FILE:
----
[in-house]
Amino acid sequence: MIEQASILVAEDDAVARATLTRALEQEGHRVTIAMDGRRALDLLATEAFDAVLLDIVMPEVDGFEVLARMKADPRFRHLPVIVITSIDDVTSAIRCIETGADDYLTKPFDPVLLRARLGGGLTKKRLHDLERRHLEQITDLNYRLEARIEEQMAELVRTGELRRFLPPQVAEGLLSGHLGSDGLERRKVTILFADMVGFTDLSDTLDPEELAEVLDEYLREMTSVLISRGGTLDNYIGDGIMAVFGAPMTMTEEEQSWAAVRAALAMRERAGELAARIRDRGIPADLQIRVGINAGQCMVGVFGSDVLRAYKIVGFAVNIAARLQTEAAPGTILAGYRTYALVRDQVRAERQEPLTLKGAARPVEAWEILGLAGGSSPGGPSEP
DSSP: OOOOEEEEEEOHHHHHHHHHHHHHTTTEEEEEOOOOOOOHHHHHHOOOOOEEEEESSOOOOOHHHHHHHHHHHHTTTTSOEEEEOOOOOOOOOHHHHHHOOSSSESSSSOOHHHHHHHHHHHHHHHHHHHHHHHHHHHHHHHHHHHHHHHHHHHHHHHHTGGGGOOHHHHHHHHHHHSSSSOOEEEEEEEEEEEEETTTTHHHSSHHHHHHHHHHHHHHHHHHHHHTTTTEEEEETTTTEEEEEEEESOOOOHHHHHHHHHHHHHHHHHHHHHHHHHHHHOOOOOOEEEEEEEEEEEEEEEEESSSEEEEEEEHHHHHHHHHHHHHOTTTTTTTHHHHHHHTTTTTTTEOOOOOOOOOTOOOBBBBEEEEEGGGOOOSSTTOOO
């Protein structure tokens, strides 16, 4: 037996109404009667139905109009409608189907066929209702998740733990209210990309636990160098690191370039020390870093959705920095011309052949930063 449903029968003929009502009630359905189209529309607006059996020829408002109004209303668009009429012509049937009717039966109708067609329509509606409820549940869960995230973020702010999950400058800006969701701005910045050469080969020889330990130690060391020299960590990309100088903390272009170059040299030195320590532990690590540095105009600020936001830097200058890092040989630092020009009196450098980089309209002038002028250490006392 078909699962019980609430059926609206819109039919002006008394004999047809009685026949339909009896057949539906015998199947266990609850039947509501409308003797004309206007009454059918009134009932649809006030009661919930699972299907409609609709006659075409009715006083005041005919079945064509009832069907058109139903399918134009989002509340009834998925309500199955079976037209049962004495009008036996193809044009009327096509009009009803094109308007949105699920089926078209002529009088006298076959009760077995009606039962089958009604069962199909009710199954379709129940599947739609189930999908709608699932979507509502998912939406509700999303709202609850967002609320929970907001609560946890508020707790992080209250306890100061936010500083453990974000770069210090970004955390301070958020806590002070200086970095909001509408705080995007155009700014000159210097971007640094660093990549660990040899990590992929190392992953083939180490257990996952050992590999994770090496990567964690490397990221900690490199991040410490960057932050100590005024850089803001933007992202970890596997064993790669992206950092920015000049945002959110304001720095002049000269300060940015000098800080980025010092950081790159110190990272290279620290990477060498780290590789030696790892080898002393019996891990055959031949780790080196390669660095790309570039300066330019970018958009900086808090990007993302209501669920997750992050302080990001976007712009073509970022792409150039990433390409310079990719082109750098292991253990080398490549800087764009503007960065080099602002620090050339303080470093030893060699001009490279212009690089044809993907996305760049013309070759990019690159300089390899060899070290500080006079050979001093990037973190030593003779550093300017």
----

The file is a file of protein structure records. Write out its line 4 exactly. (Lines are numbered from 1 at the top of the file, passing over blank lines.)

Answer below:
């Protein structure tokens, strides 16, 4: 037996109404009667139905109009409608189907066929209702998740733990209210990309636990160098690191370039020390870093959705920095011309052949930063 449903029968003929009502009630359905189209529309607006059996020829408002109004209303668009009429012509049937009717039966109708067609329509509606409820549940869960995230973020702010999950400058800006969701701005910045050469080969020889330990130690060391020299960590990309100088903390272009170059040299030195320590532990690590540095105009600020936001830097200058890092040989630092020009009196450098980089309209002038002028250490006392 078909699962019980609430059926609206819109039919002006008394004999047809009685026949339909009896057949539906015998199947266990609850039947509501409308003797004309206007009454059918009134009932649809006030009661919930699972299907409609609709006659075409009715006083005041005919079945064509009832069907058109139903399918134009989002509340009834998925309500199955079976037209049962004495009008036996193809044009009327096509009009009803094109308007949105699920089926078209002529009088006298076959009760077995009606039962089958009604069962199909009710199954379709129940599947739609189930999908709608699932979507509502998912939406509700999303709202609850967002609320929970907001609560946890508020707790992080209250306890100061936010500083453990974000770069210090970004955390301070958020806590002070200086970095909001509408705080995007155009700014000159210097971007640094660093990549660990040899990590992929190392992953083939180490257990996952050992590999994770090496990567964690490397990221900690490199991040410490960057932050100590005024850089803001933007992202970890596997064993790669992206950092920015000049945002959110304001720095002049000269300060940015000098800080980025010092950081790159110190990272290279620290990477060498780290590789030696790892080898002393019996891990055959031949780790080196390669660095790309570039300066330019970018958009900086808090990007993302209501669920997750992050302080990001976007712009073509970022792409150039990433390409310079990719082109750098292991253990080398490549800087764009503007960065080099602002620090050339303080470093030893060699001009490279212009690089044809993907996305760049013309070759990019690159300089390899060899070290500080006079050979001093990037973190030593003779550093300017």